How long can Sun-Times survive without guardian angel Jim Tyree?
The future of the Chicago Sun-Times was suddenly cast in doubt Wednesday with the death of Jim Tyree (pictured above), the man who rescued the newspaper at the 11th hour and led its parent company out of bankruptcy.
Tyree, 53, a lifelong Chicagoan and prominent business leader who was chairman and CEO of Chicago-based Mesirow Financial since 1994, died of complications from stomach cancer. He had been battling numerous health problems for years.
As the Sun-Times moved perilously close to liquidation in 2009, it was Tyree who formed a local investment group that took over the company and achieved union concessions that kept the city’s No. 2 newspaper in business. It's been a struggle ever since.
In a statement to employees Wednesday, Jeremy Halbreich, Sun-Times Media CEO, said:
Jim was an important voice of our investor group, and they will shortly select his replacement as our chairman. Our entire management team remains intact and committed to the long-term success of Sun-Times Media, and each of our publications and web sites. We will miss Jim’s counsel and leadership. With his memory foremost in our minds, we will push on to achieve the great things that he saw in store for us.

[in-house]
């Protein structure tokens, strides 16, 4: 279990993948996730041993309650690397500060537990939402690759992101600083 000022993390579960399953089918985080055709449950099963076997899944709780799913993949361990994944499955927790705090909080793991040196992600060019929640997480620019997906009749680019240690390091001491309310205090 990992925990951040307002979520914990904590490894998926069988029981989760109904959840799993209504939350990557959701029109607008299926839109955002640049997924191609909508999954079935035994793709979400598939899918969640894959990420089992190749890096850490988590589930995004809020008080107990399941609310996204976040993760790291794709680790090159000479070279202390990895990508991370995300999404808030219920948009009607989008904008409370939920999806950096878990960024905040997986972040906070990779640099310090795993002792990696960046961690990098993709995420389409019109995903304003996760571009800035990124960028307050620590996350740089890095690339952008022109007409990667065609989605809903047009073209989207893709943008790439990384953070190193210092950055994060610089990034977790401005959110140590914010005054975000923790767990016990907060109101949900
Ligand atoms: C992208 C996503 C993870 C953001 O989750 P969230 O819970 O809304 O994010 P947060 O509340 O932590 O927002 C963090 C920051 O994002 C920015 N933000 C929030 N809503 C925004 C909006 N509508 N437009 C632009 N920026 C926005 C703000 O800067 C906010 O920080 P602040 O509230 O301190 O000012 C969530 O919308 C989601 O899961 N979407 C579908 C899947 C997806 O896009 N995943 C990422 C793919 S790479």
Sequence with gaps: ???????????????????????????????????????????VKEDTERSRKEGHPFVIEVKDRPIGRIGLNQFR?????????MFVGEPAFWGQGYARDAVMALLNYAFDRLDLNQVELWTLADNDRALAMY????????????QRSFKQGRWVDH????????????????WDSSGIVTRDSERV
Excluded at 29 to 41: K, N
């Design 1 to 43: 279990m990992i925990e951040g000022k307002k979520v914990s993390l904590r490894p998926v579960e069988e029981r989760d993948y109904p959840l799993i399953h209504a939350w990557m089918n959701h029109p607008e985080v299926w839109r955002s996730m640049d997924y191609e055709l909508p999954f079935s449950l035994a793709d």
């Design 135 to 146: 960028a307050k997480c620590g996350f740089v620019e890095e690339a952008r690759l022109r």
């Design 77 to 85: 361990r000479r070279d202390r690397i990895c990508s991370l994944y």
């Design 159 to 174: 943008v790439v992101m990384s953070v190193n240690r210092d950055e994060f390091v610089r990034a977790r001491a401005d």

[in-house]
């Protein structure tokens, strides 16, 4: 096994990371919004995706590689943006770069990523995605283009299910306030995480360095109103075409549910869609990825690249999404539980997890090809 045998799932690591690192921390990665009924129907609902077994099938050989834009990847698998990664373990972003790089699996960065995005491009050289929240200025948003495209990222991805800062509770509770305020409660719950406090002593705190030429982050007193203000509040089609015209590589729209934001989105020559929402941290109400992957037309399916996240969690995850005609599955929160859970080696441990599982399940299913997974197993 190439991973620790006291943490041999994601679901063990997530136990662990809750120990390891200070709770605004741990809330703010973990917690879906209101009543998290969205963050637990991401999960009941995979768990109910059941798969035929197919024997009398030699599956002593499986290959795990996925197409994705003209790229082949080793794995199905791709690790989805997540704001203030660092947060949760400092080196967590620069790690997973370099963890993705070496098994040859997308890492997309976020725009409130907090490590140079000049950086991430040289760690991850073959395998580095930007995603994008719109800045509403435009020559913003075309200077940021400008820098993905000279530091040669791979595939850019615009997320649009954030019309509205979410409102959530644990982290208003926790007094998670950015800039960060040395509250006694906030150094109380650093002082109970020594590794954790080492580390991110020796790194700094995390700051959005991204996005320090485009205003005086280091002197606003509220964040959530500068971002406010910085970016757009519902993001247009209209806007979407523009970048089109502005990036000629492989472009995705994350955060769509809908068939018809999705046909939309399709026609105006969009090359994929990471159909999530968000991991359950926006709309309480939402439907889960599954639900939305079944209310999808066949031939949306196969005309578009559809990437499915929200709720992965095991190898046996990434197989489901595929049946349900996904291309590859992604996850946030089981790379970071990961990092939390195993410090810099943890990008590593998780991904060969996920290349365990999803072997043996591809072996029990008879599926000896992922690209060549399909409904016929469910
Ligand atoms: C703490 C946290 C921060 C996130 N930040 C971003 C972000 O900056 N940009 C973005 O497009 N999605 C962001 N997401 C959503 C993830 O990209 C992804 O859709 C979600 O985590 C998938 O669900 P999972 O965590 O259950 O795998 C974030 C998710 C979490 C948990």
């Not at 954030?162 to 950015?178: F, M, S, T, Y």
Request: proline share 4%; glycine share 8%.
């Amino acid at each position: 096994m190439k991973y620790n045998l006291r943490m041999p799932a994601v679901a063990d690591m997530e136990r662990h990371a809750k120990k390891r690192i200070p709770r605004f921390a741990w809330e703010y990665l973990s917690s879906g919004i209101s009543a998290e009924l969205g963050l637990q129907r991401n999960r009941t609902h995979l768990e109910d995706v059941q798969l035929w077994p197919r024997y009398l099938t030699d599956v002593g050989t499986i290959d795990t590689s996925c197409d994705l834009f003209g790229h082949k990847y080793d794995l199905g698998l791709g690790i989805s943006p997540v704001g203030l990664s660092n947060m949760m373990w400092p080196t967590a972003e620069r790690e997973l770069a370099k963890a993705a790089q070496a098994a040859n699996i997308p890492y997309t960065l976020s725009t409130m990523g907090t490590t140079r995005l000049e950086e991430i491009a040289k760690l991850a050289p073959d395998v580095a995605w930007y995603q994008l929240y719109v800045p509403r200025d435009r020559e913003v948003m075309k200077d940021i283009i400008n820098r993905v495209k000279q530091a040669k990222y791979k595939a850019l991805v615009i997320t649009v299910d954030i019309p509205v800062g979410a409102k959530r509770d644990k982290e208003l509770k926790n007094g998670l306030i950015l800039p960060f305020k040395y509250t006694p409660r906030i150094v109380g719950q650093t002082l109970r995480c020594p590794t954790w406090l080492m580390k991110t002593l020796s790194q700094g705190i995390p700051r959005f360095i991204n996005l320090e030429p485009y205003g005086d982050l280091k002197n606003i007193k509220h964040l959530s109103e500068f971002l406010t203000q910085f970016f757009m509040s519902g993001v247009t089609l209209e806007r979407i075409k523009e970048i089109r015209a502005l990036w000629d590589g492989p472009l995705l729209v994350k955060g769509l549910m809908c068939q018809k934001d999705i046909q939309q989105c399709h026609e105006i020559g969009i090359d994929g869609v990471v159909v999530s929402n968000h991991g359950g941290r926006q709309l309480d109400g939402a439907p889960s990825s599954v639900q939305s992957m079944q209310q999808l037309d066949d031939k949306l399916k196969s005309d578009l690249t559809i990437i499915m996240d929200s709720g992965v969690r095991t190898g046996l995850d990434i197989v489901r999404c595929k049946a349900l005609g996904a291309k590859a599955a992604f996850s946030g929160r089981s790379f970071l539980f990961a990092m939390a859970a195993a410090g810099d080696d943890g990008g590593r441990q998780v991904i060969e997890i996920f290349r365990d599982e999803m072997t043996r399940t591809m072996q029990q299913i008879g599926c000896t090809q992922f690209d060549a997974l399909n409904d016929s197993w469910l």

But without Tyree at the helm and with Sun-Times Media still losing money, questions linger about how long the remaining investors may be willing to continue to sustain losses. Wave after wave of cutbacks have shrunk the newspaper’s staff and reduced the company’s suburban operations as well.
Tyree was a strong advocate of converting his print operations into digital news. Within the next decade, he told Bloomberg News last year, “You’ll have to evolve into something else — maybe five years evolve into something else — or you’ll just be out of business.”
A glimpse into the company's survival strategy may be in the push to convert subscribers to the new Chicago Sun-Times E-paper, a digital replica of the print product delivered via e-mail by 7am each day. Subscribers to the company’s Pioneer Press suburban papers are being offered one-year subscriptions to the Sun-Times E-paper for as little as $1.